Week 1/20 – week ending 3 January 2020

Review of the Year 2019: The Bestsellers

With print books selling 191.6 million units for £1.66bn, 2019 became the print market’s fifth consecutive year of growth and its best since 2010 in value terms, according to Nielsen BookScan’s Total Consumer Market. Value rose 2.4% against 2018, with volume growing for a second year, by 0.5%. As a result, the average selling price is now at sky-high levels—surpassing £8 for the first time in 2016, it is now knocking on the door of £9, at £8.71 for 2019.

Print is still front-ended, with the 2019 top 100 earning a combined £150m, or 9% of the entire market. This is 15% up on 2018’s top 100, which in turn was 11.3% up on 2017. Of course, last year was topped by the million-copy-bestselling Pinch of Nom (Bluebird), the first time the annual number one surpassed a million copies sold since 2016 (when the whole top three did). But while 2019 owes its growth in volume (but not in value) to the blog-turned-cookbook, the top 100 would still be a hefty £10m ahead of 2018 even without it.

Five titles scored single-week sales of over 100,000 copies last year, with Pinch of Nom (twice), Hinch Yourself Happy (Michael Joseph), The Testaments (Chatto & Windus), The Beast of Buckingham Palace (HarperCollins) (three times) and Pinch of Nom: Everyday Light all hitting six figures within seven days—making for eight weeks of 100,000 number ones in total. In contrast, just two weeks saw 100,000-copy-plus bestsellers in 2018 and three apiece in 2017 and 2016. All five books achieved the 100,000 milestone in their launch weeks, with only The Beast of Buckingham Palace going on to improve on it a week later. While 2019 had an unusually high amount of “event” releases, this is also a sign of the pre-order game sharpening.

Kay Featherstone and Kate Allinson’s blockbuster cookbook became the fastest-selling non-fiction title since records began in March, flying off the shelves so rapidly it took just 33 weeks to hit a seven-figure-copy volume. (Both Jamie Oliver’s 5 Ingredients and Joe Wicks’ Lean in 15 took 47 weeks each.) Featherstone and Allinson scored another two number one bestsellers, both of which hit the top 100’s top half—the Pinch of Nom Food Planner, in June, and the December-released Pinch of Nom: Everyday Light, which very nearly prevented David Walliams from the Christmas number one spot. The new queens of the Food category earned an eye-watering £14m in 2019.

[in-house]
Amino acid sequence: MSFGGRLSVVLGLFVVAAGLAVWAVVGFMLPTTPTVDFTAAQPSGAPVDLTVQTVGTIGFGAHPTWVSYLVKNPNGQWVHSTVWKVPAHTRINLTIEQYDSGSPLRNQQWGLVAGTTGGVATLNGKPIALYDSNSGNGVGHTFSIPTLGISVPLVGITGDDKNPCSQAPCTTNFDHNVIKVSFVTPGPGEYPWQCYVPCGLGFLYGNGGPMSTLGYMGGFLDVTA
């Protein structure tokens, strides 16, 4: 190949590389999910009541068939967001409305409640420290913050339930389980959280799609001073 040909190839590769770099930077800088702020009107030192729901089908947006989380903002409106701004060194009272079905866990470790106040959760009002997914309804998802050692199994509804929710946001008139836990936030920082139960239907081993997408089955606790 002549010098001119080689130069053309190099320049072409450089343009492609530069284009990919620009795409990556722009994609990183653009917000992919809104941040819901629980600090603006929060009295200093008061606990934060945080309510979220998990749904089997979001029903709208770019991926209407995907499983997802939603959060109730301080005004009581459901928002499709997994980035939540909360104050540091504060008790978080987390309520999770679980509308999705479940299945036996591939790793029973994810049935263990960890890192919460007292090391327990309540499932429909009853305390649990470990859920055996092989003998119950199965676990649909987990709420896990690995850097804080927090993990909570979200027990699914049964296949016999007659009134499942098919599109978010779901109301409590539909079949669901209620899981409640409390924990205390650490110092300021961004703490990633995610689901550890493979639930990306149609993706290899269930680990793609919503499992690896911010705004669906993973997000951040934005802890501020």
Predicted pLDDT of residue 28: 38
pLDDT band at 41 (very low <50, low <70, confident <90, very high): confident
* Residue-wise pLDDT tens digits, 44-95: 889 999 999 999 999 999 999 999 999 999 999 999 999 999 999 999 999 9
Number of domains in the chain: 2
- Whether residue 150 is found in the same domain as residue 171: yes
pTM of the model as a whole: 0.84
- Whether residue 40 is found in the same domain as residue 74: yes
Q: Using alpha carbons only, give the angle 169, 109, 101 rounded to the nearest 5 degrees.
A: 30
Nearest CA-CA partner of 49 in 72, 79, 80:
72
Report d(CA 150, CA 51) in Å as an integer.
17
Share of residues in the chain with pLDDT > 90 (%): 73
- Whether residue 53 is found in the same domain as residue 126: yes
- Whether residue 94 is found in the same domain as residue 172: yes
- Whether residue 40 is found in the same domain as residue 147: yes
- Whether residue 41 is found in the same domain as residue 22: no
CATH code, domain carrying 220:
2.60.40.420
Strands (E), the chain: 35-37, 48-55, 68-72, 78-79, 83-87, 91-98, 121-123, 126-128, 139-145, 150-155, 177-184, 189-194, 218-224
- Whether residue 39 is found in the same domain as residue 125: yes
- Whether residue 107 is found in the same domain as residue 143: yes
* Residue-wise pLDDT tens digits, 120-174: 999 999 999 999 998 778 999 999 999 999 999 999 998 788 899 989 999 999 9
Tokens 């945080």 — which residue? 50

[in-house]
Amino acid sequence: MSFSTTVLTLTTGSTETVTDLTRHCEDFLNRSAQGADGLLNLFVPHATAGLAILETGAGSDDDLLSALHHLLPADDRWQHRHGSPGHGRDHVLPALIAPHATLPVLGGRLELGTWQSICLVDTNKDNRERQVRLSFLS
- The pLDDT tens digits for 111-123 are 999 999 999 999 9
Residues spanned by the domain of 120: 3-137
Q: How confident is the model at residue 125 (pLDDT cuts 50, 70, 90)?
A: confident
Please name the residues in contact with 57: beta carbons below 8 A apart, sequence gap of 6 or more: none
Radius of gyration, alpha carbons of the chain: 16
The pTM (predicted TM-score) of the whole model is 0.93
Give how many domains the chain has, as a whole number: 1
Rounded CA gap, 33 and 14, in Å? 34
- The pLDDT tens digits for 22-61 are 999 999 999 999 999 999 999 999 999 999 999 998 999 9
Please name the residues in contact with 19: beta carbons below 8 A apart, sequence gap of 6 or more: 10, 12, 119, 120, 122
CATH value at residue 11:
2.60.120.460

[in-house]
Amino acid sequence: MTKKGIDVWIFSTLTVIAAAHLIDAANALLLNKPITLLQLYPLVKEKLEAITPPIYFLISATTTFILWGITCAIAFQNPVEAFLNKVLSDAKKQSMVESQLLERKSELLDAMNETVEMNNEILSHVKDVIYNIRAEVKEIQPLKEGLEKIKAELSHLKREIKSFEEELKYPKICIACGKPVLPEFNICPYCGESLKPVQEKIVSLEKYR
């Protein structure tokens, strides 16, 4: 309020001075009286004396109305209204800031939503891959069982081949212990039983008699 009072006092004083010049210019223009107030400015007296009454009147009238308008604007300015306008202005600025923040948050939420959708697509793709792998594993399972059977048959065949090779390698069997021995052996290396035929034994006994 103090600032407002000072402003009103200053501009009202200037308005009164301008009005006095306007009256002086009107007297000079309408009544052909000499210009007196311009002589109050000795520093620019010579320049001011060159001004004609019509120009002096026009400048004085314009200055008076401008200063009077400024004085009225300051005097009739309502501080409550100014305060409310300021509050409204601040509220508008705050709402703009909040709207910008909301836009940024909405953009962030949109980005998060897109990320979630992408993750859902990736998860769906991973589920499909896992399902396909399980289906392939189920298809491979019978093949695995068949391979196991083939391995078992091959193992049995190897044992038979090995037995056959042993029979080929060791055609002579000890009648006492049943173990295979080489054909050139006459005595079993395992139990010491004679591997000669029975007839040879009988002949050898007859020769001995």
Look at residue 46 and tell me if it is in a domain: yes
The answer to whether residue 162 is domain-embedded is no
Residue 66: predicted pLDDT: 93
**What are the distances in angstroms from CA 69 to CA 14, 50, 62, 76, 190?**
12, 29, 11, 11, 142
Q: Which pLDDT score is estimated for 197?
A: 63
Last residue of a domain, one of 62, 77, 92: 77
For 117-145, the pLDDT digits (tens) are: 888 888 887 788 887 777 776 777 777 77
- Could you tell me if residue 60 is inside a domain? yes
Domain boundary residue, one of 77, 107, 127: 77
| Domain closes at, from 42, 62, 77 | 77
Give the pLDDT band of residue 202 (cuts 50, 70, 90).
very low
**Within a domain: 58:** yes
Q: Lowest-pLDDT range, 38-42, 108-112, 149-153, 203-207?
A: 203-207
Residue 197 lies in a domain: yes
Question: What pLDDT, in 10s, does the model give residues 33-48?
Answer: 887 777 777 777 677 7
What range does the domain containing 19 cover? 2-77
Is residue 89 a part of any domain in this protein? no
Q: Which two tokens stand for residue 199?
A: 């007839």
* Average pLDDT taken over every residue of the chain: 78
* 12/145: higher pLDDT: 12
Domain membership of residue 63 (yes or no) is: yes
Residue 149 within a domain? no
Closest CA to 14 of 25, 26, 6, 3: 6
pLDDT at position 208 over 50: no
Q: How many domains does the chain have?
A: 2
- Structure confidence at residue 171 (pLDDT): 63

Pinch was followed by Hinch, with cleanfluencer Mrs Hinch’s Hinch Yourself Happy becoming the second-fastest-selling non-fiction title of all time just a fortnight later. The Instagrammer also swept into the number one spot in autumn, with follow-up Mrs Hinch: The Activity Journal.

Walliams’ three titles in the top 10, with a combined 1.63 million copies sold, are just the tip of the iceberg—in total he sold just over three million books through the TCM in 2019, for a whisker under £20m. The Beast of Buckingham Palace ascended to the Christmas number one, his third title to do so, and February’s Fing and June’s The World’s Worst Teachers notched up over 450,000 copies apiece. But his backlist is still a powerhouse. Seven titles of his, all illustrated by Tony Ross, hit the year’s top 100, with the oldest—Gangsta Granny, published 2013—still selling in excess of 100,000 copies.

With the climate crisis defining 2019 (quite literally, according to the Oxford English Dictionary), the Environment & Ecology and Vegetarian Cookery categories had record years, with Greta Thunberg’s No One is Too Small to Make a Difference (Penguin) becoming the former’s all-time bestseller. With 227,362 copies sold for the year, the title scored 26th place overall. Weekly sales spiked at several points over the year—from the UK posting a record-high temperature of 38.7C in July, to the week of the global Climate Strike protests, to Donald Trump insulting its 16-year-old author on Twitter. No One is Too Small… hit the top of the Paperback Non-Fiction number one in September, after Thunberg’s eviscerating speech at the UN.

Veggie cookbook sales were also lush and verdant—of the category’s top 10 bestsellers of the decade, seven were released in the past two years. Jamie Oliver’s Veg (Michael Joseph), published in August, zipped straight to the top with 418,998 copies sold, but Henry Firth and Ian Theasby’s BOSH! (HarperCollins), Rukmini Iyer’s The Green Roasting Tin (Square Peg) and Joe Wicks’ Veggie Lean in 15 (Bluebird) also brought home the seitan.

Margaret Atwood’s The Testaments may have instantly become the bestselling hardback fiction title of the year—and is easily the longest-running Booker Prize winner in the overall top spot in the Nielsen BookScan era—but the fiction number one was the 2018-released Heather Morris’ The Tattooist of Auschwitz (Zaffre), which, along with The Beast…, is one of just two titles that can say they sold more than 50% of Pinch of Nom’s total in 2019. Antonio Iturbe’s The Librarian of Auschwitz (Ebury) also achieved a top 100 place, with 211,968 copies.

The professional confessional loomed larger than ever. Adam Kay, whose original memoir This is Going to Hurt (Picador) has now surpassed a million copies sold in paperback, consolidated his power with festive follow-up Twas the Nightshift Before Christmas beating even Pan Mac stablemate Elton John to the weekly Hardback Non-Fiction number one. The Secret Barrister (Picador) and Christie Watson’s The Language of Kindness (Vintage) also charted in the top 100.